The Credit Repair Equation
Although credit cards may be what land the most people in credit trouble, they're also the best tool for credit repair. If you find yourself faced with mounting debts and worsening credit, the most important things you can do are always paying your minimum credit card bills, and not exceeding your card's credit limit. If you allow your card to be canceled or "charged off," you will have a very hard time getting credit in the future, which will make it even more difficult to restore your credit rating.
Or, if it's too late and you've already had your cards canceled or charged off, you should apply for a card from a company that specializes in servicing clients with not-so-good credit. Even if the card's interest rate is exorbitant and there's a costly annual fee, it's worth it to have an open, active credit account. Otherwise, how are you ever going to rebuild your credit?
Rebuilding + Revamping = Repairing
But rebuilding your credit through the timely payment of your new bills is only half of the credit repair equation. There's also the matter of the items that are already listed on your credit reports. If you can get an item deleted from one of your credit reports, then to that credit bureau and all who use it, it's as if it never happened - the instance of not-so-good credit will have been expunged from your record. Surprisingly, it's easier to have this done than you might think.
Obtain and Review Your Credit Reports
First, you need to obtain your credit reports from the three major credit agencies - Equifax, Experian, and TransUnion. This can be accomplished by visiting their web sites (equifax.com, experian.com, and transunion.com), and paying the necessary fee. If you've been denied for credit, insurance, or employment in the past 60 days, you are entitled to free credit reports. Send documentation of your denial along with your credit report requests.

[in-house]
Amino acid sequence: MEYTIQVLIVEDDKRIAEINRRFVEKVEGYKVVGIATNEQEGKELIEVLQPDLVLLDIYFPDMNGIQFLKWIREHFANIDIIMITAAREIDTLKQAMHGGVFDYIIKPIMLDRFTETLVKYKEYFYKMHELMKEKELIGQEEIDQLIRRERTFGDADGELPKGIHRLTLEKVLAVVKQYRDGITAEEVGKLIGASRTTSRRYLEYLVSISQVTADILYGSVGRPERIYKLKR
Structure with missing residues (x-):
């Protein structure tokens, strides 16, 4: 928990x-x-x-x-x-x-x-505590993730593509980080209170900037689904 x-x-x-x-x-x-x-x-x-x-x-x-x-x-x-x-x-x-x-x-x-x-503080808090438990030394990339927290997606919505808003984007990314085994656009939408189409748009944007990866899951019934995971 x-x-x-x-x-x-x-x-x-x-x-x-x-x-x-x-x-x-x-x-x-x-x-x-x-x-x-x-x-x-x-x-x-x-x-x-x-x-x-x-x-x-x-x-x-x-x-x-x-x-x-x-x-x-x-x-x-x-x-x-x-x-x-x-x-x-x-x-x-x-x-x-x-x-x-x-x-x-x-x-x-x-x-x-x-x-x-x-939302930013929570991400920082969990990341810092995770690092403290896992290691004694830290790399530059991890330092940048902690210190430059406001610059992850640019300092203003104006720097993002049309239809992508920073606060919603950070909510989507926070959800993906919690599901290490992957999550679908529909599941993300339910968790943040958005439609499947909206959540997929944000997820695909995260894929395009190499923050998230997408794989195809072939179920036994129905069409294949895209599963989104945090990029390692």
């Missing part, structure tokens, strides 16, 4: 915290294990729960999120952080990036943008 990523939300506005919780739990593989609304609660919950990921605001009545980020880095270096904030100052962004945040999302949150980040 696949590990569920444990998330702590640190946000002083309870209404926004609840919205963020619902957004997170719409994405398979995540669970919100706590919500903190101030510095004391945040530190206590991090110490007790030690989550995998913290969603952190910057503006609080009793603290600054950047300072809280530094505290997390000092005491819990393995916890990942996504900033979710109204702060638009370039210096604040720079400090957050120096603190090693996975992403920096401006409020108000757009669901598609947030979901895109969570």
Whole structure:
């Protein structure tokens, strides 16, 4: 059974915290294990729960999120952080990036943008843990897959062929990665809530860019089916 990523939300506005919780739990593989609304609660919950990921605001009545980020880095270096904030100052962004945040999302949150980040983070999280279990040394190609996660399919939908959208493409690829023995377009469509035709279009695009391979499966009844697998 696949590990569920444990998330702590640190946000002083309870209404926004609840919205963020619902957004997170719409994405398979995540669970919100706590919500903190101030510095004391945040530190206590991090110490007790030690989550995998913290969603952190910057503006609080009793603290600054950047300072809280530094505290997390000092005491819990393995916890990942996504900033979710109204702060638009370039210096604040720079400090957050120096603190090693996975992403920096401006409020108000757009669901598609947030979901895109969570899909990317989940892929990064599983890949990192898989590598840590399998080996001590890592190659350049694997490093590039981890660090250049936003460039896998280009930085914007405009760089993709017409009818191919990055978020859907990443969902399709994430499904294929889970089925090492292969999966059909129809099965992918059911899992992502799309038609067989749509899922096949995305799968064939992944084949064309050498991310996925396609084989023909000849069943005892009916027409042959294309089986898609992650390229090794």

You can also always get a free credit report at our site, regardless of your history:
Once you have your reports in hand, scan for inaccurate information - negative, of course. If some untrue positive information somehow made its way on to one or more of your reports, you are under no legal obligation to identify it as being false. It's probably best to turn a blind eye. But as for the negative information, photocopy your reports and use a highlighter to indicate what you would like to be changed. Send a letter explaining how the information is false and include any corroborating documents that support your claims.
If you prefer to have a professional handle this matter, we highly recommend the services provided by Lexington Law. They are a professional law firm who can help you rebuild your credit and they will work with all of the appropriate agencies on your behalf. Their site can be reached at:
Once you've dealt with the inaccurate information, it's time to move on to the things you only wish were inaccurate. It's important to note that any negative information (excluding a bankruptcy) that's older than seven years old should not appear on your credit report. You have every right to request its removal, and the credit agency must comply.
Set Realistic Goals - And Make Them Concrete
But next you need to decide what you would like to have removed, and how realistic your chances are of having it deleted. If you declared bankruptcy last year, or you have an unpaid judgment against you, there's not much of a chance you'll succeed. But if you got divorced four years ago and your husband stopped making the car payments, which ultimately resulted in a repossession on your credit record, you just might get it expunged.
Other, minor debts aren't as difficult to have removed. For example, if you owe a credit card company $1,100 for a canceled card, you may be able to get them to remove the information from your report if you pay them in full. Normally charges like this go unpaid or end up being settled for pennies on the dollar, so if you have the ability to pay your debts in full (or close to it), you may be able to get your creditor to send letters to the credit bureaus saying that it was all a big misunderstanding.
The key is to evaluate your credit report and decide what can realistically be accomplished. Give yourself three achievable goals and go from there. And in the meantime, make sure you don't repeat the mistakes of your past. Keep two or three credit cards open and active and pay the bills in full and on time. It won't happen overnight, but by following these guidelines, your credit will be rebuilt, revamped, and restored. The sooner you get started, the sooner the process will be complete.
Best of luck in your important journey,
Mike "The eCreditCoach"
P.S. Don't forget, having a solid, ongoing payment history with
a card is your best way forward. Find yours now:
And if you've already had trouble with your credit, our recommended
service, Lexington Law, can help you out right now: